Some Initial Thoughts on Gear

When planning for any backpacking trip, the first step should always be to define your goals. This probably sounds like too much work and not enough fun for somebody who’s approaching the activity casually, but there’s also nothing wrong with defining your goal as simply “to have fun”. In fact, early on, it’s likely that your goals will be similarly simple and equally vague… it’s hard to know what your goals are before you know what your goals can be. Experience leads to new doors; new doors lead to new adventures.

You might wonder, “Well, if I’m not thru-hiking the Appalachian Trail and my goal is just to have fun, how much planning can I actually do?” The answer is, plenty. For starters, ask yourself: what do you want out of a trip? Waterfalls? Alpine views? An easy hike? Equally important, what DON’T you want out of a trip? Bugs? Cold/Hot weather? A 3,000 ft. climb? Not asking these questions during the planning process can quickly turn a great trip into a miserable one.

So, what does all this have to do with gear? At a minimum, you’re going to need some basic items to get through an overnight or multi-day trip: shelter, sleeping bag, backpack, etc. But there are lots of types of shelters and sleeping bags and the way to choose which type you’ll need is to think about the conditions you’ll be encountering with those items.

I’ll explore skills, concepts, and specifics regarding gear selection in future articles, but for now, here are some initial thoughts on writing about gear:


There is a difference between a review and an advertisement.

There are a LOT of gear review websites that have popped up in the last few years. Unfortunately, there are far too many that take a list of features, write it into paragraph form, add a few superlatives, and call it a review. Example:

“This super-lightweight jacket was designed with alpinists in mind, and features Gore-Tex 3-Layer construction with a specially woven, DWR-treated face fabric and fully taped seams. It’s a climber’s and backpacker’s dream, allowing generous movement with articulated elbows while eschewing bulk with a tailored fit. Laminated zippers keep rain out and pit zips let the air in, keeping you as dry as if you were hiking in a t-shirt on a mild, sunny day.”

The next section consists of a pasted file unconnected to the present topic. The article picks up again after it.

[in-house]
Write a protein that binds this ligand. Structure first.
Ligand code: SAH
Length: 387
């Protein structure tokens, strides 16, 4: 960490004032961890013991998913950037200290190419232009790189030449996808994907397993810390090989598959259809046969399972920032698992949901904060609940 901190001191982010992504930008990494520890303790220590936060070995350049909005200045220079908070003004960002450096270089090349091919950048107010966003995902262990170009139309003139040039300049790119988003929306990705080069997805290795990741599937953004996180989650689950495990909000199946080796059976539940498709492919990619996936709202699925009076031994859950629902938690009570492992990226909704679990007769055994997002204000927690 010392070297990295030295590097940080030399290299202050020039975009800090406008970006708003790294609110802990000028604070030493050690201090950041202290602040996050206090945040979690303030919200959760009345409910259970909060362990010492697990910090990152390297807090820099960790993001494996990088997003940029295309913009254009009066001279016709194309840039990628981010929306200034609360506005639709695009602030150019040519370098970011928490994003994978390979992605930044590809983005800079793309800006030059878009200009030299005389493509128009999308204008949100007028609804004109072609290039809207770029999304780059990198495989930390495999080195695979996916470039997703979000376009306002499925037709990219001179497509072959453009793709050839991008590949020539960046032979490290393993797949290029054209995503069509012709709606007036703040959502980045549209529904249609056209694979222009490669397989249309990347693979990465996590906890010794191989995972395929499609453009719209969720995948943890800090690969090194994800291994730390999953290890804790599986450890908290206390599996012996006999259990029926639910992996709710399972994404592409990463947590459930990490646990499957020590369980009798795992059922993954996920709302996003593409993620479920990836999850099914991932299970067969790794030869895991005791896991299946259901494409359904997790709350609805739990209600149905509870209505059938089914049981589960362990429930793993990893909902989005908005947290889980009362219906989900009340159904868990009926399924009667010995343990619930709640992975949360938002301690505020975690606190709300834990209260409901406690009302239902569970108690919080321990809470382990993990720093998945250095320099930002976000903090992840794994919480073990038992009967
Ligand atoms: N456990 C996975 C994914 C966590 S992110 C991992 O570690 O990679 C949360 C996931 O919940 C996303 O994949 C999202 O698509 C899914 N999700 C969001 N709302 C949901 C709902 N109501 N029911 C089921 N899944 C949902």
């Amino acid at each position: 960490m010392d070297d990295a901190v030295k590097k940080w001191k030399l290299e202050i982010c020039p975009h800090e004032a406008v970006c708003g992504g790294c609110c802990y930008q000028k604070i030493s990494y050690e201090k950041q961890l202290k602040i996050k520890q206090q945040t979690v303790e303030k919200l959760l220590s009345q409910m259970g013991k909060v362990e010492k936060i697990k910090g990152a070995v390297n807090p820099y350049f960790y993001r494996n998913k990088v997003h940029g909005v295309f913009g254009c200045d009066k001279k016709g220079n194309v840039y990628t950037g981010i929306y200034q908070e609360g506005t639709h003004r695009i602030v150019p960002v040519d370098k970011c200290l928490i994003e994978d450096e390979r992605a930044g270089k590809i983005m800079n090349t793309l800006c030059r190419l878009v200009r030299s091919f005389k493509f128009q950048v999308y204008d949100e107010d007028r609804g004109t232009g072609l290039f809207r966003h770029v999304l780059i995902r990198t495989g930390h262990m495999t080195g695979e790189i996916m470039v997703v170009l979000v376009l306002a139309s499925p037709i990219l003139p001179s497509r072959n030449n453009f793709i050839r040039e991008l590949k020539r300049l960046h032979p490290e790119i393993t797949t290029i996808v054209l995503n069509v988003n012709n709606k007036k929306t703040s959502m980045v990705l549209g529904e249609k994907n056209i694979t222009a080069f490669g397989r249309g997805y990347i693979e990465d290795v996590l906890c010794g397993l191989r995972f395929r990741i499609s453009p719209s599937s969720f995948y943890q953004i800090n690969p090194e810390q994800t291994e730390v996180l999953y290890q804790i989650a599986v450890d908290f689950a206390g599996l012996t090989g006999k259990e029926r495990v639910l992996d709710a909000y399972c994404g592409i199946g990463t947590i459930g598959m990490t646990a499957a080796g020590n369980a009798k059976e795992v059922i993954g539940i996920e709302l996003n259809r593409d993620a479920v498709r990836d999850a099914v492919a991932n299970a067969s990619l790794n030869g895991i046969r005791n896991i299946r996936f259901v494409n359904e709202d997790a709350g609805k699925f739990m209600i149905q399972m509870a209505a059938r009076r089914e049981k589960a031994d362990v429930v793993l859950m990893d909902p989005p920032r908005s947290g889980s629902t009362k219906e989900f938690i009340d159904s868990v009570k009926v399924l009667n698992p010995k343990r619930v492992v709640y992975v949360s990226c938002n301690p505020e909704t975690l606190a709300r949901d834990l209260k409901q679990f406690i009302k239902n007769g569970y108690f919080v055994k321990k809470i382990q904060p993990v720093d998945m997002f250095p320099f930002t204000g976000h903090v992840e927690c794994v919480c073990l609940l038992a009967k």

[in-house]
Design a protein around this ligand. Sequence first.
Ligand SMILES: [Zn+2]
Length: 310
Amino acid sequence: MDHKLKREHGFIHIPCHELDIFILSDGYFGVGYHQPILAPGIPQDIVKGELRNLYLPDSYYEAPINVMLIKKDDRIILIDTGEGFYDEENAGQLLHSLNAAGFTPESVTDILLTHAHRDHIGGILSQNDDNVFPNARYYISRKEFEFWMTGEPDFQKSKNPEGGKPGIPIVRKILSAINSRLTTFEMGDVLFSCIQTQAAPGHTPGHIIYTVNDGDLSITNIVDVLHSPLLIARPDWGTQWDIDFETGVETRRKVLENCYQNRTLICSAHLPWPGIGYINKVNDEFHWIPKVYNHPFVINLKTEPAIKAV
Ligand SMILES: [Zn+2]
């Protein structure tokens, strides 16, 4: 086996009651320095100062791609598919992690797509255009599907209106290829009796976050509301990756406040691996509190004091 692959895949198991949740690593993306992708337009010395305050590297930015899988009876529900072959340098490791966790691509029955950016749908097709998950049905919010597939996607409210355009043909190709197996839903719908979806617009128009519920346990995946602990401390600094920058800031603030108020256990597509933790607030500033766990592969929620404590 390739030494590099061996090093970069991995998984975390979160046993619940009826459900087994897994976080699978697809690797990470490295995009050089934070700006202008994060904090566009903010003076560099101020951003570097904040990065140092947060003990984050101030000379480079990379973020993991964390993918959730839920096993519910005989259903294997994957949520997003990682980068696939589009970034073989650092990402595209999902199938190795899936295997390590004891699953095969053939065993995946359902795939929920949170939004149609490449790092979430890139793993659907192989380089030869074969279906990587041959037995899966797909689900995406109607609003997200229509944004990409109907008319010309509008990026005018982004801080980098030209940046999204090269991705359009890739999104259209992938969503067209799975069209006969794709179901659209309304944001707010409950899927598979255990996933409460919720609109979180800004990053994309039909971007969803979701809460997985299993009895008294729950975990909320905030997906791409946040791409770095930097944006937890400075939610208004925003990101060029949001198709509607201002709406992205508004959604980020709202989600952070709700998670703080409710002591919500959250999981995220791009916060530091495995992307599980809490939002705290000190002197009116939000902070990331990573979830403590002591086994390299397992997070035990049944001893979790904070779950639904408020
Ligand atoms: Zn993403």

Have you read something similar on another website? Well, I just made that up. There are hundreds of similar reviews that read exactly the same way all over the Internet. THIS IS NOT A REVIEW. This is a list of features. What did we actually learn from this paragraph? We learned that the jacket has:

-A GoreTex 3L membrane
-DWR treatment on the face fabric
-Taped seams
-Laminated zippers
-Pit zips
-some degree of tailoring that may allow for articulation
-an unspecified weight that somebody, somewhere, considers “light”

What we didn’t learn:

-How much it actually weighs
-How it performed on multiple trips through different conditions
-How its performance (not its feature set) compares to similar products
-Pros and Cons (well, really, cons… everything has a downside because every feature is a potential tradeoff to another feature… I don’t believe there’s such a thing as an honest review without a cons list).

The list could go on.